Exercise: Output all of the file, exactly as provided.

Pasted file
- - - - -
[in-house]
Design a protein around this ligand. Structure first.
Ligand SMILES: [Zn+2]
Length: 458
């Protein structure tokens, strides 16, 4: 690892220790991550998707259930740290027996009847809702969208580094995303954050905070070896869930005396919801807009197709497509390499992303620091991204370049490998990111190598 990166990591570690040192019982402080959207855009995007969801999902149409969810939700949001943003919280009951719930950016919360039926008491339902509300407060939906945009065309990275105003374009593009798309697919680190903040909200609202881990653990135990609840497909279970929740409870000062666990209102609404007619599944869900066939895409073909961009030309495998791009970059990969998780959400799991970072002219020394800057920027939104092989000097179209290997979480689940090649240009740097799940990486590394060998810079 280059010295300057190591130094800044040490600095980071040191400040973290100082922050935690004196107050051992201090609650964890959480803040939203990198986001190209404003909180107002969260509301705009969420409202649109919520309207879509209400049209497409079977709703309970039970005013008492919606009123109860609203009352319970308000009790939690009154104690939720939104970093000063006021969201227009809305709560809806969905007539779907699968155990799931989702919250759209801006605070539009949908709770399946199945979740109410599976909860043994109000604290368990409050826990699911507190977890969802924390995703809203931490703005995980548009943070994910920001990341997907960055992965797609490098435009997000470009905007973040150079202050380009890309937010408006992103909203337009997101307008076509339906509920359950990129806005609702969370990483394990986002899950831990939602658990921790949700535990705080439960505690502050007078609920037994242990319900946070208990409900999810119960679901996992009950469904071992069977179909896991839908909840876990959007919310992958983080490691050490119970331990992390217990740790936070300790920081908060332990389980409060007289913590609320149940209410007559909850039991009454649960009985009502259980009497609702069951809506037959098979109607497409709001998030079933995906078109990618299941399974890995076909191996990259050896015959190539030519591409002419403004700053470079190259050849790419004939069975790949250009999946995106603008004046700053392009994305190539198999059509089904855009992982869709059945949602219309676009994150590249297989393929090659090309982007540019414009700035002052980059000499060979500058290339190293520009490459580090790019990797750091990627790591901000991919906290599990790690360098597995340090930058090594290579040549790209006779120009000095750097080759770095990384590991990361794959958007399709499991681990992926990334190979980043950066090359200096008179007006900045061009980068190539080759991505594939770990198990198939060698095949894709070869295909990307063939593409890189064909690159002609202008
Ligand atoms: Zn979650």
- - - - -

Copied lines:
[in-house]
Design a protein around this ligand. Structure first.
Ligand SMILES: [Zn+2]
Length: 458
């Protein structure tokens, strides 16, 4: 690892220790991550998707259930740290027996009847809702969208580094995303954050905070070896869930005396919801807009197709497509390499992303620091991204370049490998990111190598 990166990591570690040192019982402080959207855009995007969801999902149409969810939700949001943003919280009951719930950016919360039926008491339902509300407060939906945009065309990275105003374009593009798309697919680190903040909200609202881990653990135990609840497909279970929740409870000062666990209102609404007619599944869900066939895409073909961009030309495998791009970059990969998780959400799991970072002219020394800057920027939104092989000097179209290997979480689940090649240009740097799940990486590394060998810079 280059010295300057190591130094800044040490600095980071040191400040973290100082922050935690004196107050051992201090609650964890959480803040939203990198986001190209404003909180107002969260509301705009969420409202649109919520309207879509209400049209497409079977709703309970039970005013008492919606009123109860609203009352319970308000009790939690009154104690939720939104970093000063006021969201227009809305709560809806969905007539779907699968155990799931989702919250759209801006605070539009949908709770399946199945979740109410599976909860043994109000604290368990409050826990699911507190977890969802924390995703809203931490703005995980548009943070994910920001990341997907960055992965797609490098435009997000470009905007973040150079202050380009890309937010408006992103909203337009997101307008076509339906509920359950990129806005609702969370990483394990986002899950831990939602658990921790949700535990705080439960505690502050007078609920037994242990319900946070208990409900999810119960679901996992009950469904071992069977179909896991839908909840876990959007919310992958983080490691050490119970331990992390217990740790936070300790920081908060332990389980409060007289913590609320149940209410007559909850039991009454649960009985009502259980009497609702069951809506037959098979109607497409709001998030079933995906078109990618299941399974890995076909191996990259050896015959190539030519591409002419403004700053470079190259050849790419004939069975790949250009999946995106603008004046700053392009994305190539198999059509089904855009992982869709059945949602219309676009994150590249297989393929090659090309982007540019414009700035002052980059000499060979500058290339190293520009490459580090790019990797750091990627790591901000991919906290599990790690360098597995340090930058090594290579040549790209006779120009000095750097080759770095990384590991990361794959958007399709499991681990992926990334190979980043950066090359200096008179007006900045061009980068190539080759991505594939770990198990198939060698095949894709070869295909990307063939593409890189064909690159002609202008
Ligand atoms: Zn979650």